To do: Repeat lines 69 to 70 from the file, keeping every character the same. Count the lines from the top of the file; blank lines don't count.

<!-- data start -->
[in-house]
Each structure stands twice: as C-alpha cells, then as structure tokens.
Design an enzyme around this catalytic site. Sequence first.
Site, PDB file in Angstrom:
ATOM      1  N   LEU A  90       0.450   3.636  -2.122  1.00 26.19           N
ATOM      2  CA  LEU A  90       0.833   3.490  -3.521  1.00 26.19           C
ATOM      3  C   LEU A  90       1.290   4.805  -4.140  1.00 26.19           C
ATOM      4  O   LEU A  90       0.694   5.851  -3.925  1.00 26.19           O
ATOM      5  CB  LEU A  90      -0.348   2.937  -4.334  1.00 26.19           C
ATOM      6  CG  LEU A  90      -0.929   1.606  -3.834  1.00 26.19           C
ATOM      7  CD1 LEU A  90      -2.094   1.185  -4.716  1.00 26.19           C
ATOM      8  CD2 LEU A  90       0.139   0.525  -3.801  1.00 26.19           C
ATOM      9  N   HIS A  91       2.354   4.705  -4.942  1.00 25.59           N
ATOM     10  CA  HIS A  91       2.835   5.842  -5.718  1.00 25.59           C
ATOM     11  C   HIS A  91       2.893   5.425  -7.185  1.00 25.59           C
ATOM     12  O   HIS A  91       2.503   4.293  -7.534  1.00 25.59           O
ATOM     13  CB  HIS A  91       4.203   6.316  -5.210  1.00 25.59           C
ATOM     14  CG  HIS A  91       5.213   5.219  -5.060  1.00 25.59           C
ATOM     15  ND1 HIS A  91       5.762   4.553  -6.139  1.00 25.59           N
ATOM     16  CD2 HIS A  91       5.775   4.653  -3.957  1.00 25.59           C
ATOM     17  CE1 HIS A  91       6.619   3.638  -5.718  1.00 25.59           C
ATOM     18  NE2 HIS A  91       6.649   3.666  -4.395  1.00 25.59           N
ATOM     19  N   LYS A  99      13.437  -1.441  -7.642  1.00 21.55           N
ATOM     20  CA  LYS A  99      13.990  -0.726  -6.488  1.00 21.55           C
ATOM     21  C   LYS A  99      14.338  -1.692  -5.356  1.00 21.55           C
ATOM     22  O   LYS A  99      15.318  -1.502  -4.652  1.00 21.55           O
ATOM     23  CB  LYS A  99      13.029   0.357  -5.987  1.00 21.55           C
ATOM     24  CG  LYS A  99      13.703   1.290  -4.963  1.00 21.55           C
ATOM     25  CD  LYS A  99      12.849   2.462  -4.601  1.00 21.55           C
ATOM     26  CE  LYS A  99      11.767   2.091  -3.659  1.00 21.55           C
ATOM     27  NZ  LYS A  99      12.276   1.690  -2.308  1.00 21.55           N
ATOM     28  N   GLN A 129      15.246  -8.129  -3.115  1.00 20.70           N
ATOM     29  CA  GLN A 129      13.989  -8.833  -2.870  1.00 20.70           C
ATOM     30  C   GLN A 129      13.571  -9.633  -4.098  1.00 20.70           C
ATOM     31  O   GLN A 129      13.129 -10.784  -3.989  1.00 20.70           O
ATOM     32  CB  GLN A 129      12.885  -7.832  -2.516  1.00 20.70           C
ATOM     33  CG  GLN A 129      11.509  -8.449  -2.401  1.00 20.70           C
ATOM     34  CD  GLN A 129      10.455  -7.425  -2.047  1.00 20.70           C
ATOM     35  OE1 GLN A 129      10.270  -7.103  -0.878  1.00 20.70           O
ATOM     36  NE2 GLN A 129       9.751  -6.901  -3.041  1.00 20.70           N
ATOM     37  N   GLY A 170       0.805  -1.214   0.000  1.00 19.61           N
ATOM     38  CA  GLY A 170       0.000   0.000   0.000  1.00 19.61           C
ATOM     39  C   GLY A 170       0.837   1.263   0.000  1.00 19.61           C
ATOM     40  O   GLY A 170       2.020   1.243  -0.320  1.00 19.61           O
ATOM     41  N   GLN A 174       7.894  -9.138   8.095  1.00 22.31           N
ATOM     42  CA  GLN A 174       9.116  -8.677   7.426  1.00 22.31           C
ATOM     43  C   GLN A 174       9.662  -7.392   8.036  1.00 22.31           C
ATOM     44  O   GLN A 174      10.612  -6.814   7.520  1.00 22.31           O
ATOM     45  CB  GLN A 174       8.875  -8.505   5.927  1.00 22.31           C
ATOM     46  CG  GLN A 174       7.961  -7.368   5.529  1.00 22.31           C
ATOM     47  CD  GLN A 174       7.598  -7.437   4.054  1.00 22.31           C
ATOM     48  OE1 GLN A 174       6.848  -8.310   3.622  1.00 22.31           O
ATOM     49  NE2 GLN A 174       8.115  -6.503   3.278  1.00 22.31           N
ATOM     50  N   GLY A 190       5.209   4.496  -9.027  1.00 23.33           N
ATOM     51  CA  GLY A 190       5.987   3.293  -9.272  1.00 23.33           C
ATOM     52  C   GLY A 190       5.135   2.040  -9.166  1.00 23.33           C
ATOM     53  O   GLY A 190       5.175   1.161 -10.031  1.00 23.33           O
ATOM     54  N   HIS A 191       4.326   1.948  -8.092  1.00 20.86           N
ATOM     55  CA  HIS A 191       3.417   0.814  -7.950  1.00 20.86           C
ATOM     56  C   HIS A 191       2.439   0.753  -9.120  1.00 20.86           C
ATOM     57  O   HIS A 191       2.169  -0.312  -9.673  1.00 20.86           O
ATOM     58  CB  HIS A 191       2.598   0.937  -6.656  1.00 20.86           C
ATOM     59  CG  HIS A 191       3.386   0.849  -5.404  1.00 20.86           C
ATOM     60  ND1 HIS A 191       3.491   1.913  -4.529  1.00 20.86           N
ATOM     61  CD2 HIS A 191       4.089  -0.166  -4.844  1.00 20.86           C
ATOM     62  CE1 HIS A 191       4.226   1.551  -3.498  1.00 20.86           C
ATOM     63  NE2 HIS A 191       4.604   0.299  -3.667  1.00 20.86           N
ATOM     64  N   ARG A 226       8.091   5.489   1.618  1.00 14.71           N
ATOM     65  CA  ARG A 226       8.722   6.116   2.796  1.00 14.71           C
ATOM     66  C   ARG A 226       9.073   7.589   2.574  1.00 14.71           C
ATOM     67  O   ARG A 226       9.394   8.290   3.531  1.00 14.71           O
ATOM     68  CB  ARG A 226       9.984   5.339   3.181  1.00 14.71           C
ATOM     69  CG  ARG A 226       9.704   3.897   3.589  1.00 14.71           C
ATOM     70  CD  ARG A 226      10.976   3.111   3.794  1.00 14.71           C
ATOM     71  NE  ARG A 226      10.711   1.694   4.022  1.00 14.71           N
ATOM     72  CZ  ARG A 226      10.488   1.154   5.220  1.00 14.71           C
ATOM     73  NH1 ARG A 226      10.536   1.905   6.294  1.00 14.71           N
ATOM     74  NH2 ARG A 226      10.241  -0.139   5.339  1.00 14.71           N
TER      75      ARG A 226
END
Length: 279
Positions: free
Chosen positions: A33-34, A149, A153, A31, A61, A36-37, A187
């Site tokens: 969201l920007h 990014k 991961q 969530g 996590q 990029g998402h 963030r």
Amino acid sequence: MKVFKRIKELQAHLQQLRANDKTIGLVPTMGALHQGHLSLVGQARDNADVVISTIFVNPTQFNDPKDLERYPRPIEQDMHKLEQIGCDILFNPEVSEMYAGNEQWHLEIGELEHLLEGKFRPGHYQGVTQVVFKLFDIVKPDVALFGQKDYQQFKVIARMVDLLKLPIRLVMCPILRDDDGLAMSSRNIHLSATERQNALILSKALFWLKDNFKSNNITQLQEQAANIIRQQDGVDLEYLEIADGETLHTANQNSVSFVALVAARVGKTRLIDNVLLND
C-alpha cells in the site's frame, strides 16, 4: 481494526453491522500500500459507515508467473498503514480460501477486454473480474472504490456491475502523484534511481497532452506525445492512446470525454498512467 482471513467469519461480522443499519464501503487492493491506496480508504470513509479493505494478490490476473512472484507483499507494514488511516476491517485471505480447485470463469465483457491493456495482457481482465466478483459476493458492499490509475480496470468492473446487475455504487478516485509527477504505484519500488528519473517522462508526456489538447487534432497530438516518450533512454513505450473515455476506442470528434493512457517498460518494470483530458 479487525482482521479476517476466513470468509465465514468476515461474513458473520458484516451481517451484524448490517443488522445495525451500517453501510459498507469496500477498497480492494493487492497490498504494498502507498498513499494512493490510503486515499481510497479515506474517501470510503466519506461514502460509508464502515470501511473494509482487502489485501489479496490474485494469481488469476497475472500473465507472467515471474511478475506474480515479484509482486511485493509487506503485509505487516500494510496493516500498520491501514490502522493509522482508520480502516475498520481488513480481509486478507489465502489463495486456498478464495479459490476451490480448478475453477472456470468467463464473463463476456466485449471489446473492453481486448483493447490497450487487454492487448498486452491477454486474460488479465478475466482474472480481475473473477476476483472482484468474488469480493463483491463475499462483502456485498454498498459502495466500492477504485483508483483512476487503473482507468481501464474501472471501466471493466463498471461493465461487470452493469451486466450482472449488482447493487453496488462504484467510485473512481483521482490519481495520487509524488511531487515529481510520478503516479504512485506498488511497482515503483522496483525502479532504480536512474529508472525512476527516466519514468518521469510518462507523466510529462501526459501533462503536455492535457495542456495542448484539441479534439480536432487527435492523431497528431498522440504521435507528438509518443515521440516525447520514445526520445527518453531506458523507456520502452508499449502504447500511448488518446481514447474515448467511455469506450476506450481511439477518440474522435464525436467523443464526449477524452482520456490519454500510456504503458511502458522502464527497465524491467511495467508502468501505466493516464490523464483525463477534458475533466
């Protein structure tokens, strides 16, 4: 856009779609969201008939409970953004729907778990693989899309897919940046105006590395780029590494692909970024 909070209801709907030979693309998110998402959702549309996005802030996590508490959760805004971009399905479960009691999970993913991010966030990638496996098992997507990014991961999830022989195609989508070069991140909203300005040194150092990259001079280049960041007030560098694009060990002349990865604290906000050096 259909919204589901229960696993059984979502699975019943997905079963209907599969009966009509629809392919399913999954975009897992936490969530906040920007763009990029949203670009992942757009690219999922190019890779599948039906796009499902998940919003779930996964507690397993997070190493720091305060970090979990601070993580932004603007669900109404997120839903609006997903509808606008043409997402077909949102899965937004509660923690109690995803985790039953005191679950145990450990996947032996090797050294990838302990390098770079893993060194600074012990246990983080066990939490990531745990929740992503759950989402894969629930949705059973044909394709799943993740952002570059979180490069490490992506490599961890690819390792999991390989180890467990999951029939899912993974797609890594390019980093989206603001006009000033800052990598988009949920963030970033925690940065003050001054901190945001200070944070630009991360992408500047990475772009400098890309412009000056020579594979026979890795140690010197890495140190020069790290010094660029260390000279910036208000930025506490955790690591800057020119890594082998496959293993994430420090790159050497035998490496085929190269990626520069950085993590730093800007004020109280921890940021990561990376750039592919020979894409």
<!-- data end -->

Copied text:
ATOM     65  CA  ARG A 226       8.722   6.116   2.796  1.00 14.71           C
ATOM     66  C   ARG A 226       9.073   7.589   2.574  1.00 14.71           C